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Equilab Worm Count Kit  +  FREE Delivery!



What is a faecal worm egg count?



A faecal worm egg count is a method of determining how many internal parasite eggs are present in a particular dung sample; in addition it is also possible to determine the different types of worms & other parasites present.



The Information on both the number and type of parasite/worms found in the sample can determine whether or not treatment or worming is necessary.


Further Info


How does a faecal worm egg count work?


A worm count is best carried out when worming is due or overdue in spring, summer, or autumn.



A good sample of fresh dung is collected from several places in the pile and sent off to the laboratory for examination.



After undergoing several tests the samples are analysed and the final egg count results are calculated and this is expressed as ‘eggs per gram’.



If the epg (eggs per gram) count is less than 50 epg this means there was no trace of worm eggs when the sample was tested and under normal circumstances a horse will not need to be wormed.



If the count is less than 200 epg this is considered a LOW count and suggests existing worming measures that are in place are working.



If the count is between 200 epg and 1200 epg it is considered a MEDIUM count and the Equine needs worming.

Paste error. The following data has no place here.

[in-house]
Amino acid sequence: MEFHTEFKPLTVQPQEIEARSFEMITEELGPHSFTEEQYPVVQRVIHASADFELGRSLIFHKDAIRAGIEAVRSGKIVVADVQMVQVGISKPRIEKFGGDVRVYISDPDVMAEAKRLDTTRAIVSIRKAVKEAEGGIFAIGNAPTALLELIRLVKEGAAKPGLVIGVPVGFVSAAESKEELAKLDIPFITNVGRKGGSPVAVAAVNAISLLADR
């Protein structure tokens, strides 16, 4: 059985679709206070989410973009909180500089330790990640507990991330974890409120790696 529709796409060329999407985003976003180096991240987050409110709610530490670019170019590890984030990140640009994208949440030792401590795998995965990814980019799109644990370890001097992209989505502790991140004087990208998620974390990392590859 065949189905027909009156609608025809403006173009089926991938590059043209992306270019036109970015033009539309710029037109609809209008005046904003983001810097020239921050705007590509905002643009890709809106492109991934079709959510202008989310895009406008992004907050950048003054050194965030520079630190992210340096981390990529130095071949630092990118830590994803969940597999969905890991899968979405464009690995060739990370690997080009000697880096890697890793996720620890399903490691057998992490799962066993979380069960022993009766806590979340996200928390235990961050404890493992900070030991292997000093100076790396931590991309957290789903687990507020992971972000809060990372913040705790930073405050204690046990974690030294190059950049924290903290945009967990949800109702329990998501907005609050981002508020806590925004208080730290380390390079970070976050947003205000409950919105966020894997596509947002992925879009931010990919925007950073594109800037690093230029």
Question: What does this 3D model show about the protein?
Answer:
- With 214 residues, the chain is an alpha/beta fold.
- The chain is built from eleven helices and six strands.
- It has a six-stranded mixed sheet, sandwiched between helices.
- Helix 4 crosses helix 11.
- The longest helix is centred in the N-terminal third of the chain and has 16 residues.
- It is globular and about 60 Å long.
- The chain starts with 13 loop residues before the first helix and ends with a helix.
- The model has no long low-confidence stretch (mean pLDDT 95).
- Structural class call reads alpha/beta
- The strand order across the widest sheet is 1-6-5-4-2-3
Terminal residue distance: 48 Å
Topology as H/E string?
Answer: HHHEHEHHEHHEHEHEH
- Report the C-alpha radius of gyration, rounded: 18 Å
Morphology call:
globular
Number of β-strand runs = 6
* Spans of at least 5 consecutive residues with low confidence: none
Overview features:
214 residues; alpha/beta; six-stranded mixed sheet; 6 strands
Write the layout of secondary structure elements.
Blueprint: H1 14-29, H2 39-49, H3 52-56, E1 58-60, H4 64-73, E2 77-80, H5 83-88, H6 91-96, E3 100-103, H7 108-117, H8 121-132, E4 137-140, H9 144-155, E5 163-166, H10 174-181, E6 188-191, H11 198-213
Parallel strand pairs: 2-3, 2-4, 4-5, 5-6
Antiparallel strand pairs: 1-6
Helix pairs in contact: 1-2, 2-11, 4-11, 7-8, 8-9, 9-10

If the count is more than 1200 epg it is considered a HIGH count and the Equine needs worming and indicates the existing worming strategy may need some attention.




What a worm count can do.


It will give a snapshot of the likely parasite burden of the Equine at the time of the test, which is best taken when worming is due or overdue during spring, summer or autumn.



The test can be used to identify wormy horses in a herd, to check for resistance to a particular worming product and to replace routine worming doses in an annual worming programme.



It can show strongyle eggs laid by adult redworms – the most important equine parasite.



It will show ascarid eggs, roundworm, usually only found in foals and neglected youngsters.




What a worm count cannot do.


Worm counts cannot treat a worm problem but are useful in identifying and monitoring one.



It cannot show encysted stages of redworm as these are immature and non-egg laying. It is however fair to say that by no means do all redworms encyst in winter.



It is not a definitive test for tapeworm as these parasites can infect the horse without eggs appearing in the dung samples.



It will not usually show pinworm eggs, though pinworms are usually obvious when they occur.



Be aware most targeted worming programmes will still need to include treatment for encysted redworm and tapeworm as a minimum, even if routine worm count results are good for the rest of the year.




Manufacturer Equilab
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